(Bloomberg) -- The chance of power shortages in Australia’s populous southeast has increased as coal-fired plants are phased out and grid and battery storage projects are delayed.

Reliability risks have risen for Victoria and New South Wales through 2027-28, the Australian Energy Market Operator said Tuesday in an update of its Electricity Statement of Opportunities report. The advancement of generation and storage projects since the long-term outlook was published in August has lowered the risks after that.  

“While new generation and storage capacity continues to increase, project development and commissioning delays are impacting reliability,” AEMO Chief Executive Officer Daniel Westerman said in the report. “Reliability risks have the potential to be managed within relevant standards over most of the next 10-year horizon” if new generation and storage projects are added through government programs, he said. 

Read More: Australia Sees Power Gaps Over Next Decade as 62% of Coal Closes

Australia is in the midst of one of the world’s most rapid shifts away from coal — which still generates almost half of its electricity — to a renewables-dominated grid. By the middle of the next decade most of its coal plants should have closed in a transition that has already resulted in periods of extreme supply tightness and the halting of power trading in 2022.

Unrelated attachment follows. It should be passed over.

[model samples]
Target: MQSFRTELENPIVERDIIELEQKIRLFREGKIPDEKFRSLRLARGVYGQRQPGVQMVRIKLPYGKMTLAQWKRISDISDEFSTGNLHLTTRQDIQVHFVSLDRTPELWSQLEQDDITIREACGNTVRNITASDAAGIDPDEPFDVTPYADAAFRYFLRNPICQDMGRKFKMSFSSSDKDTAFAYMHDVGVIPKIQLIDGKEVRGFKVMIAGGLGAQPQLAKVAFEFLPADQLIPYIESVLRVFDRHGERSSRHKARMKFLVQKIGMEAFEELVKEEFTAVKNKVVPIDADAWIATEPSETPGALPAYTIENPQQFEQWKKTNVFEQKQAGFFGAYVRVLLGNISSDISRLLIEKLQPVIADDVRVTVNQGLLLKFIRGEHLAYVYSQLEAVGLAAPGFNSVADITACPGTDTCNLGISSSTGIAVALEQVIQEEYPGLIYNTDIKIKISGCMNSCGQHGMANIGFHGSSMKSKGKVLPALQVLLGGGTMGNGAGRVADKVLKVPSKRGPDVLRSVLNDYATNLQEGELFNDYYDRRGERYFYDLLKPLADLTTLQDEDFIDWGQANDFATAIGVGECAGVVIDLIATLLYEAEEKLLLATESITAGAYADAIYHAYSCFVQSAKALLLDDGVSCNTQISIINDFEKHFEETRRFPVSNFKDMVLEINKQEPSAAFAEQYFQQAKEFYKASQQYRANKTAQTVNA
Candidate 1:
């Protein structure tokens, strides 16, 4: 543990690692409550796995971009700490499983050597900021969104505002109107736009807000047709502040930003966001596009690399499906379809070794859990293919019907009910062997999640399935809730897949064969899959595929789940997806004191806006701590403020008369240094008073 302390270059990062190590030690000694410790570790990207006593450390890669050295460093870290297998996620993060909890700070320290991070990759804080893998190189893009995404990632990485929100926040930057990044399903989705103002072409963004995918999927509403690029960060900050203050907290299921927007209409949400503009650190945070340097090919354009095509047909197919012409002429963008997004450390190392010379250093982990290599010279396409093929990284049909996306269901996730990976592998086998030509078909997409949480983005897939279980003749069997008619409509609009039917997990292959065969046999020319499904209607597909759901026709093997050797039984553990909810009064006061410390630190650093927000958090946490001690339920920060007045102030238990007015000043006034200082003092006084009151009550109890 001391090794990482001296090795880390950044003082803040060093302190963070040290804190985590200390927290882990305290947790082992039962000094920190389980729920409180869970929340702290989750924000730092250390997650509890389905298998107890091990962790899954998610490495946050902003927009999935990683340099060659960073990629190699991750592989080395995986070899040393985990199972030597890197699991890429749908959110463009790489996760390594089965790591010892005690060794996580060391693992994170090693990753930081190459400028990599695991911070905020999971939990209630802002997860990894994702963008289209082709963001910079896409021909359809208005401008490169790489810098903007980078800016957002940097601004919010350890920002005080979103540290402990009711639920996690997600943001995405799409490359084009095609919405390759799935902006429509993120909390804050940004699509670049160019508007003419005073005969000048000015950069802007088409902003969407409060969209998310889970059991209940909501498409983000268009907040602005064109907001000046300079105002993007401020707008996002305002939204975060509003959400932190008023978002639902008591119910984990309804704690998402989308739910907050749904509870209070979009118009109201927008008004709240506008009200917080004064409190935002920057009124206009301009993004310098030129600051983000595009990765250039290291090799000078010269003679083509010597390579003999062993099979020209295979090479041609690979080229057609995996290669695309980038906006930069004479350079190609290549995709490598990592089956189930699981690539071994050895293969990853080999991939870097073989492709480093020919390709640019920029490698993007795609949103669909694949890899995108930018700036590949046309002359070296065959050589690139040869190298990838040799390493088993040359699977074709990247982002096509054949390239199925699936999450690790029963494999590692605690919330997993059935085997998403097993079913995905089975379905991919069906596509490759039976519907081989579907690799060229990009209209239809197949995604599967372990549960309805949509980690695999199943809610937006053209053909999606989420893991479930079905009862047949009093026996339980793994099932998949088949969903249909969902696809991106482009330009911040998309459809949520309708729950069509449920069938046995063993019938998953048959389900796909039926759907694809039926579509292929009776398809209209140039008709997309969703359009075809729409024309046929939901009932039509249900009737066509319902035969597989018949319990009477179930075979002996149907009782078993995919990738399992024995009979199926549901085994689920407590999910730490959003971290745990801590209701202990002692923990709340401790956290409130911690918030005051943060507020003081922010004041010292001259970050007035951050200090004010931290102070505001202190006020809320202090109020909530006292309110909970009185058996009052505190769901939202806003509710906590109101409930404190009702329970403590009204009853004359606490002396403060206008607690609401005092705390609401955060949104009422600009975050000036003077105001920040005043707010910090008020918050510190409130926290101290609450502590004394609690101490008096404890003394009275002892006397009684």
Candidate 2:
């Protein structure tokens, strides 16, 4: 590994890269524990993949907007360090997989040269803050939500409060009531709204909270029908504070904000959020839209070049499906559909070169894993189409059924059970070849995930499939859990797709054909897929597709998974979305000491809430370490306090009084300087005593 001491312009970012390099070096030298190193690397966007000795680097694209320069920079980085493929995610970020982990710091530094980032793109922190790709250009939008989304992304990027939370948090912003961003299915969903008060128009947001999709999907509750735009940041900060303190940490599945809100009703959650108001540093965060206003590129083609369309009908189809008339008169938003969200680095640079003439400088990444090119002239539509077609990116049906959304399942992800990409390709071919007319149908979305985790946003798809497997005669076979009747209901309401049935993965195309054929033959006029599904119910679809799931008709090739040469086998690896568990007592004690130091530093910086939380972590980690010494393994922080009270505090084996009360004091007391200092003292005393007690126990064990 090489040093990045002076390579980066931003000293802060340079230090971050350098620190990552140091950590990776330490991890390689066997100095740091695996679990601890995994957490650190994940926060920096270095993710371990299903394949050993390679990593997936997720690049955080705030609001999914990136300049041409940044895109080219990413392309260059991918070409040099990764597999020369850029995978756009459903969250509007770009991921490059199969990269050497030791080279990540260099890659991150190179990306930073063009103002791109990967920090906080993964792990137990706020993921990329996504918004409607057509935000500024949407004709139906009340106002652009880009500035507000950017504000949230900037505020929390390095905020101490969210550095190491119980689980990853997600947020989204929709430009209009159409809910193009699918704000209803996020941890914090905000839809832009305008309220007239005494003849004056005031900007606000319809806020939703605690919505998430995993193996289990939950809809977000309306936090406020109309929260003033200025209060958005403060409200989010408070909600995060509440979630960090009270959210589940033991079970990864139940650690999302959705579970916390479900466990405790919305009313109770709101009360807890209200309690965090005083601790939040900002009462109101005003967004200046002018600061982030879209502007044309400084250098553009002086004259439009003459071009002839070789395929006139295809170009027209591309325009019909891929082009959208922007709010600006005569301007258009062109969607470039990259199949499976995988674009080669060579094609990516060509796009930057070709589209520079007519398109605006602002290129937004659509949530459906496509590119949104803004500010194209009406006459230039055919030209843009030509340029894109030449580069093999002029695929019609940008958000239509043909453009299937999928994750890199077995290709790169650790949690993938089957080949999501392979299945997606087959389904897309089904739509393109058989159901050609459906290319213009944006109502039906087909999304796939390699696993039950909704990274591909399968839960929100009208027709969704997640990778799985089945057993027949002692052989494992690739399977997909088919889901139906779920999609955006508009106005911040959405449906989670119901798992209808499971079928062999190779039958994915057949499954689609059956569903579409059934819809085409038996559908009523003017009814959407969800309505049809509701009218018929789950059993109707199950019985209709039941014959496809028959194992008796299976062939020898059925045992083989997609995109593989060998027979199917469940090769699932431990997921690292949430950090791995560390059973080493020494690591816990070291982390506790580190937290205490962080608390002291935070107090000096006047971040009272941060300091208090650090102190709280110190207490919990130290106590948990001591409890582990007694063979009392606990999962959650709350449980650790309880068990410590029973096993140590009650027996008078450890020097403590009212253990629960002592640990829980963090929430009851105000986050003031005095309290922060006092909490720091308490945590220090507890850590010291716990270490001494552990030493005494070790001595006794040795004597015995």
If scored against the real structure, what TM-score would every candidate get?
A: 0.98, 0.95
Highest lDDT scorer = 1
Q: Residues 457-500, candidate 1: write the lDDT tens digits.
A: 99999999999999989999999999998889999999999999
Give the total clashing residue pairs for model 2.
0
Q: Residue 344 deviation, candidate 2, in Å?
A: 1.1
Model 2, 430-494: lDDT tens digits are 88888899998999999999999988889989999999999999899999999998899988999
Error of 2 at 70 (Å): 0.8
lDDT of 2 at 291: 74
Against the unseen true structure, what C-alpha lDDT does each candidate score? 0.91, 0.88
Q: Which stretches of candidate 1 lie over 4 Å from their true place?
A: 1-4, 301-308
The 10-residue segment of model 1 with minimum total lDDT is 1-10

The scheduled closing of Origin Energy Ltd.’s Eraring plant — the nation’s biggest coal-fired facility — in New South Wales in August 2025 may lead to a generation shortfall, AEMO said. That may increase calls for the state government to extend the life of the plant. 

AEMO will tender for interim backup generation in New South Wales and Victoria “to minimize reliability risks should low reserve conditions emerge” during the Southern Hemisphere summer that starts in December, it said.

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